Inge Snip, Evolutsia.Net and Uppsala University
With a ‘wave’ of protests flooding North Africa, the wish to draw a parallel between these calls for regime change and the color revolutions that took place between 2003 and 2005 in the post-communist area is understandably attractive. However, are the so-called revolutions really comparable? Why did the US treat the Egypt protest in a completely different manner than the color revolutions? And what will the outcome be? Moreover, not only should one wonder what the color revolutions have brought, but if one argues that they have brought democracy in some form, will this even be the case in North Africa? And why or why not? Do these calls for democracy validate the Georgian case?
First of all, let me argue that such generalizations are flawed. The Egyptian people have experienced a completely different system for more than 30 years, distinct from that of the post-communist countries that were once part of a socialist regime, transforming to chaotic independence without strong leaders for more than a decade. And while Georgian ex-president Eduard Shevernadze allowed corruption to flourish and the state to atrophy, Egyptian president Hosni Mubarak has been known for his strong control over the country. Furthermore, Egypt is currently in a much better economic state compared to Kyrgyzstan, Ukraine, Serbia (2000), and Georgia during their revolutions.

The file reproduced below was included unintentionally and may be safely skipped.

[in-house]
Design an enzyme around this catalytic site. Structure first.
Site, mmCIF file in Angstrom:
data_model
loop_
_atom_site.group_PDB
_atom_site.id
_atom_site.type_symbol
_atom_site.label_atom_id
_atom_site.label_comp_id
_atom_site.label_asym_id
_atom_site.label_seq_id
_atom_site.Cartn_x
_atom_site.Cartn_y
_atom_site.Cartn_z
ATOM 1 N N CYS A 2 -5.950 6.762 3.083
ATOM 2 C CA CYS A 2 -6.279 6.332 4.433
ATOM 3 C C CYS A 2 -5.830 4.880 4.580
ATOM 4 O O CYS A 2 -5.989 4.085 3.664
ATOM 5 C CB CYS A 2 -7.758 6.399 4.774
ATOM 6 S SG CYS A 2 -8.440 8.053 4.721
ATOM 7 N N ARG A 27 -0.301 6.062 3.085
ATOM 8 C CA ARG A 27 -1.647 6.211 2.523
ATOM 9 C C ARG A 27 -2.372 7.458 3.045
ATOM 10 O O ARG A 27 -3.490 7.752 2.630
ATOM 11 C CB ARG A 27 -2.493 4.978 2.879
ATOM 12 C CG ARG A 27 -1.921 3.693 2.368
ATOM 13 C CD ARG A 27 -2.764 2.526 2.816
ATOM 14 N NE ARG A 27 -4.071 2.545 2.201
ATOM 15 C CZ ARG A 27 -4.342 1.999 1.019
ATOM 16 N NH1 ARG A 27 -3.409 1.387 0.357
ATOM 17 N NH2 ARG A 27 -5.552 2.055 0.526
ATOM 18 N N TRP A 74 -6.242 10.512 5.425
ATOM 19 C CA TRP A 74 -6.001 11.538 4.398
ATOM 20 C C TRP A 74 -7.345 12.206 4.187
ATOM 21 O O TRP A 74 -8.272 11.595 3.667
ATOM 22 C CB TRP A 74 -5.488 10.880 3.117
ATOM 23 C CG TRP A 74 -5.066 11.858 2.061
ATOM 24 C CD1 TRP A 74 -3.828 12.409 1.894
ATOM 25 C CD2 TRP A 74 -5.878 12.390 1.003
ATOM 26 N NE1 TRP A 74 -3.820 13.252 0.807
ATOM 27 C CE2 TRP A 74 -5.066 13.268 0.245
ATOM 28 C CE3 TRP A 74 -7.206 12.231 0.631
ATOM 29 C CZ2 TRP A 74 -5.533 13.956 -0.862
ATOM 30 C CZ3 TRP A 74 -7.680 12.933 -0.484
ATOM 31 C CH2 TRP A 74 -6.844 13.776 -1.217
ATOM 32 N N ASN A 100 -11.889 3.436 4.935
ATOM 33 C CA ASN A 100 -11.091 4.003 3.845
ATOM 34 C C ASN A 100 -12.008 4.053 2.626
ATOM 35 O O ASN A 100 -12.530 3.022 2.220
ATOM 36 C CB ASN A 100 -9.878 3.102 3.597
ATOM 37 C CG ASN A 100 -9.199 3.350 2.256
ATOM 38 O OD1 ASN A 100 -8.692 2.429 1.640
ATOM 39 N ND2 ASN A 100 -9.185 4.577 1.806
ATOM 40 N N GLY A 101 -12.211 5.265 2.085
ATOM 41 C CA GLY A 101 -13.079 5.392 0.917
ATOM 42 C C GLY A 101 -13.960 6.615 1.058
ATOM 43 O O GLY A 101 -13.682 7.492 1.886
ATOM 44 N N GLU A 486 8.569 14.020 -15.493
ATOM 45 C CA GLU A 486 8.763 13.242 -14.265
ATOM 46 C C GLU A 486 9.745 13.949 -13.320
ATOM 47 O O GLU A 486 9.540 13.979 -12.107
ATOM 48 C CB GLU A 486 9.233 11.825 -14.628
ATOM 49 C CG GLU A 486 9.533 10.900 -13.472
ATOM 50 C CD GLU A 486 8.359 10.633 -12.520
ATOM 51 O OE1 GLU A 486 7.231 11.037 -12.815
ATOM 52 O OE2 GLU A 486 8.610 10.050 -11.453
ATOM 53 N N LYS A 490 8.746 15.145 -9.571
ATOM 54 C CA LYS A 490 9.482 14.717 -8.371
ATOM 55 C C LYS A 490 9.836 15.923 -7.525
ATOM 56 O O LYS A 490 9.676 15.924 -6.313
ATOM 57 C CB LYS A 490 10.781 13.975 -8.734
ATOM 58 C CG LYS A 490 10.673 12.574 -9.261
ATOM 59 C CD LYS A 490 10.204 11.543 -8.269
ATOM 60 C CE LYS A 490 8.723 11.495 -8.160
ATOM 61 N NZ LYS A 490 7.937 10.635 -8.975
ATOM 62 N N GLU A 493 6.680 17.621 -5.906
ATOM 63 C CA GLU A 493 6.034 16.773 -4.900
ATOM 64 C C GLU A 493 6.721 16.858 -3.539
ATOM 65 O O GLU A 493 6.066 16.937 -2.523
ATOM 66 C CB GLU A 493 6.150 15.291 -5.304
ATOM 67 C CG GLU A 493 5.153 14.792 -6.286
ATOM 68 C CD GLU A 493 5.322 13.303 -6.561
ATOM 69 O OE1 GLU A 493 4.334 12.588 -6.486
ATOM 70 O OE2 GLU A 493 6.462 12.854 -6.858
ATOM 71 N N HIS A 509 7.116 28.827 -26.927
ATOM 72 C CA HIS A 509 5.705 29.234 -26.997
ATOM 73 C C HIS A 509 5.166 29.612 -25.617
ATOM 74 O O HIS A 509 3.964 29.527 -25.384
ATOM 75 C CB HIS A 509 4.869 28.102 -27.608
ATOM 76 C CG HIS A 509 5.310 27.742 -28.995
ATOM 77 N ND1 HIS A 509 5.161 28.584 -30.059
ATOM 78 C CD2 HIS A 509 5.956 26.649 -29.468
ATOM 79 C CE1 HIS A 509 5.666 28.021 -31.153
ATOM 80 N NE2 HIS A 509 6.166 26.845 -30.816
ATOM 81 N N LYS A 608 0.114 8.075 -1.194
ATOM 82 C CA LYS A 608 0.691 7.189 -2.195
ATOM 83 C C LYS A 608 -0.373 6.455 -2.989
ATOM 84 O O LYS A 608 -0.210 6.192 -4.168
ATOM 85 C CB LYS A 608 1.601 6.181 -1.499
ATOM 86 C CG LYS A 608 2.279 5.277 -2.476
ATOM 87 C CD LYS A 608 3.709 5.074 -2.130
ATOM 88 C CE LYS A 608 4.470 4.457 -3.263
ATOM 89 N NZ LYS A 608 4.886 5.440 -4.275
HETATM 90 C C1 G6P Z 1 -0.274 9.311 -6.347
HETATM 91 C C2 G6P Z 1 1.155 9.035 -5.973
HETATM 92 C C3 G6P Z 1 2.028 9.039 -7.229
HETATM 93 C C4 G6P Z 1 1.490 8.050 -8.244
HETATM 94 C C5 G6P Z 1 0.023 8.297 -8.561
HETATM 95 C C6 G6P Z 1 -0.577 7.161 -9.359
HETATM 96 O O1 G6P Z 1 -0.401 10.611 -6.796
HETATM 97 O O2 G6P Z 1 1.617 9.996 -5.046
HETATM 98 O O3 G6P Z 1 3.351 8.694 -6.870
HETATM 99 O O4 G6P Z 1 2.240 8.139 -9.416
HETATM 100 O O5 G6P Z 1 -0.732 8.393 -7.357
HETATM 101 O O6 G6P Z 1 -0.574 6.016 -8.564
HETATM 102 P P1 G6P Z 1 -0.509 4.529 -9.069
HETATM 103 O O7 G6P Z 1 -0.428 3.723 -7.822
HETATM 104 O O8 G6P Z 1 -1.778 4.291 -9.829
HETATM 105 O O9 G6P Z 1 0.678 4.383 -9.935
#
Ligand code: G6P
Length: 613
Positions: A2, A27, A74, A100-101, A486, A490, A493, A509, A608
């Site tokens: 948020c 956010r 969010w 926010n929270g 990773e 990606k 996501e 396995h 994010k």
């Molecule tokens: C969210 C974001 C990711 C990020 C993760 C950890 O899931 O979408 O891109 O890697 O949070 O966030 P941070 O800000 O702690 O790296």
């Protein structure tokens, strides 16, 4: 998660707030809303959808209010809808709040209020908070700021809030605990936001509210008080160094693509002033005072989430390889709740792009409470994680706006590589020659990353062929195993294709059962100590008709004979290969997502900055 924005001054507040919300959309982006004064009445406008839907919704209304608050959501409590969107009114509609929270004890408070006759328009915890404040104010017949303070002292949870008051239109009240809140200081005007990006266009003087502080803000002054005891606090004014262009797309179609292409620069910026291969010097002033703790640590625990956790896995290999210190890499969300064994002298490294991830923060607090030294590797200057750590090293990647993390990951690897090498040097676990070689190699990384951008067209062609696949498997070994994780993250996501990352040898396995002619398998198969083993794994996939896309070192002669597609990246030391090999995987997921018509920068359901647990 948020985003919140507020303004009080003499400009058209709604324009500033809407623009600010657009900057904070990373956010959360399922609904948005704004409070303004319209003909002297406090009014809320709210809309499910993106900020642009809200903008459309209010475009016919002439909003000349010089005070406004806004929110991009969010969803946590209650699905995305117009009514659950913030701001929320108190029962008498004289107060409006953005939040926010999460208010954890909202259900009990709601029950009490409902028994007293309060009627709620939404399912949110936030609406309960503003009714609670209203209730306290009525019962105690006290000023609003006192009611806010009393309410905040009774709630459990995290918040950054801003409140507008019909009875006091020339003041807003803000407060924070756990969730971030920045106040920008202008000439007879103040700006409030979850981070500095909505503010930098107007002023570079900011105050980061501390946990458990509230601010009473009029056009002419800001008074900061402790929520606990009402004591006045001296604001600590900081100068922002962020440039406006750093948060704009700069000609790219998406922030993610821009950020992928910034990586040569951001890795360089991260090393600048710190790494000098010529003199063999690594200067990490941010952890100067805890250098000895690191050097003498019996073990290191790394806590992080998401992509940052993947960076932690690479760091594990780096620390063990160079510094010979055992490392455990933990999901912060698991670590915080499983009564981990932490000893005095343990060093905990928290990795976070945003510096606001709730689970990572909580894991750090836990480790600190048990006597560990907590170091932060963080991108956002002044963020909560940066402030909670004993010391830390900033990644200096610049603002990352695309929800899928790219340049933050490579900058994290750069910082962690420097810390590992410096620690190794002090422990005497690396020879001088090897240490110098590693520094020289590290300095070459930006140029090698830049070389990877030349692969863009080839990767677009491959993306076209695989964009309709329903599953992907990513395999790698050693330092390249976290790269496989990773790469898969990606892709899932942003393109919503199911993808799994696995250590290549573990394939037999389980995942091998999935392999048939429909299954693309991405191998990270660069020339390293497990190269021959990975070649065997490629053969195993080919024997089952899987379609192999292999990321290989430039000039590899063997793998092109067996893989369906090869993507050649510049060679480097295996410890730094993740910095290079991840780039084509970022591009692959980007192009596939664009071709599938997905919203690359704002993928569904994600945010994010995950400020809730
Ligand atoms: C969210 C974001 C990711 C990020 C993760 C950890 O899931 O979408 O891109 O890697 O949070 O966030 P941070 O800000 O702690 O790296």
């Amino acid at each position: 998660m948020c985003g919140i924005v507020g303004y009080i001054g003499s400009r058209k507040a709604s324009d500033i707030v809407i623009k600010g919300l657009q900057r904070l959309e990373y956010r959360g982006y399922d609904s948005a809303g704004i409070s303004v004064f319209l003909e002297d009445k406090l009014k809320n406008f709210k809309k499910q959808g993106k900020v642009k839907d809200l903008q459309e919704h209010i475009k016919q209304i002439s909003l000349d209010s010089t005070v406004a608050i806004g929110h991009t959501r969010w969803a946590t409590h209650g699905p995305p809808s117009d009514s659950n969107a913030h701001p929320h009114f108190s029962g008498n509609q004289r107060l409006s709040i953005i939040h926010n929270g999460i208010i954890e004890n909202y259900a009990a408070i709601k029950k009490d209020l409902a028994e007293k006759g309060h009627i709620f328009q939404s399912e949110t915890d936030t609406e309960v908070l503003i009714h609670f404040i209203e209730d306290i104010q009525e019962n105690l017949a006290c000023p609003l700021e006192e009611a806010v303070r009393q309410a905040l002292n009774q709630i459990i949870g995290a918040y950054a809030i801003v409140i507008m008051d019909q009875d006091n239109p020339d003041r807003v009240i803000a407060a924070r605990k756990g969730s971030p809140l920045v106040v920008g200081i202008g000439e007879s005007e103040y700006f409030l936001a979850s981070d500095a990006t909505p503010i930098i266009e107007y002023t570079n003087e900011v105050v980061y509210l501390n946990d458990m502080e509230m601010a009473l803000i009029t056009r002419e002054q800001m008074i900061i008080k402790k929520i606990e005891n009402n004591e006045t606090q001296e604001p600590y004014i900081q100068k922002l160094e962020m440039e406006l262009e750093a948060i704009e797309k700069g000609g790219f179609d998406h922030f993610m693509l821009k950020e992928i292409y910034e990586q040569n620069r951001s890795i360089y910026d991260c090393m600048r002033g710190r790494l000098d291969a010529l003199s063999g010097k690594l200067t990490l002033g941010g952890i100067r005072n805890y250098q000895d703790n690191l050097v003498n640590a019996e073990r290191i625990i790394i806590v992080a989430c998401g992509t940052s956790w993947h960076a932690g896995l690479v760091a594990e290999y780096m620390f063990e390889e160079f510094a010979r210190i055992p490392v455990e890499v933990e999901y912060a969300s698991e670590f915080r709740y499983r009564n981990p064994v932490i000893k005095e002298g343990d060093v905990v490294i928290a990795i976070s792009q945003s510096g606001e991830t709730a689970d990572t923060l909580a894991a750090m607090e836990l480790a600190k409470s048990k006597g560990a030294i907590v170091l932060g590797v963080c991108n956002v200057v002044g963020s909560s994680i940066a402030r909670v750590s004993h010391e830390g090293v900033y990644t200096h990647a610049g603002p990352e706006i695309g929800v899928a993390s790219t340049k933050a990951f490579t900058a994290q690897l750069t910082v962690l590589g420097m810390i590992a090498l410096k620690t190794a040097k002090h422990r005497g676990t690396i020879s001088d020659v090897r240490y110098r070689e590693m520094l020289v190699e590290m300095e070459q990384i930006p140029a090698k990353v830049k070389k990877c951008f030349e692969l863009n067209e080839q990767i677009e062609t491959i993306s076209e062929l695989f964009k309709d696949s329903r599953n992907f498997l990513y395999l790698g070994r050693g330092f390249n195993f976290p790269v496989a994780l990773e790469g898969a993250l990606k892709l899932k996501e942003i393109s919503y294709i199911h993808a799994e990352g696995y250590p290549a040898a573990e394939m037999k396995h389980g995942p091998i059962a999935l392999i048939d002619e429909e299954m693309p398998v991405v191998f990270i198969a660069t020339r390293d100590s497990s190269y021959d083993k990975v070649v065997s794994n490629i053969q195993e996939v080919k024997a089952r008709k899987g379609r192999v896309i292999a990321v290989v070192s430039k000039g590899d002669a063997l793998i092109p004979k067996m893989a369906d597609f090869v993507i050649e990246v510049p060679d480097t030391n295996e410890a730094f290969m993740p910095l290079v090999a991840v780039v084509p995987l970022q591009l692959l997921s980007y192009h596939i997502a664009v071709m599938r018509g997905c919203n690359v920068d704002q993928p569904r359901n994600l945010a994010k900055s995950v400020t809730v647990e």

Still, one should wonder what the color revolutions really brought to the people? And as Ukraine and Kyrgyzstan have shown, the aftermath does not always look pretty. Even when looking at Serbia and Georgia there are complaints, however, of ‘authoritarian’ problems. Though this could just be a temporary error (I am being optimistic here).
Therefore, the calls for democracy in North Africa are perhaps only comparable to the post-communist revolutions when you look at it from a major distance. Hence, they do not in any way validate the color revolutions or lend any guidance as to what the future might bring. The fact that Georgia’s revolution is considered marginally successful does not mean this will happen in Egypt, due to completely different situations. It might, or it might not. What is most important in this case is to carefully look at the individual country’s legacy and work to forge a democratic institution from there.
Inge Snip is an analyst with Evolutsia.Net and a consultant for the Coalition for Justice. She is currently completing graduate studies at Uppsala University in Sweden.
Nicholas Clayton, The Faster Times and Three Kings blog
In the light of new popular uprisings against authoritarianism and corruption, I think it is a good time to look back on the color revolutions and where they fell short. The Orange Revolutionists merely installed an equally corrupt, much less stable regime, and Bakiyev’s rise to power in Kyrgyzstan was no more than the handing of the autocratic baton from one despot to another (I sincerely hope that the demonstrators in Cairo and Tunis are aware of these case studies). Both are gone now, and Saakashvili probably owes his continued grip on power since the Rose Revolution more to luck than anything else. Still, Ghia Nodia is right to point out that these new popular movements around the world provoke an uncomfortable nostalgia for Georgians and the Saakshvili regime.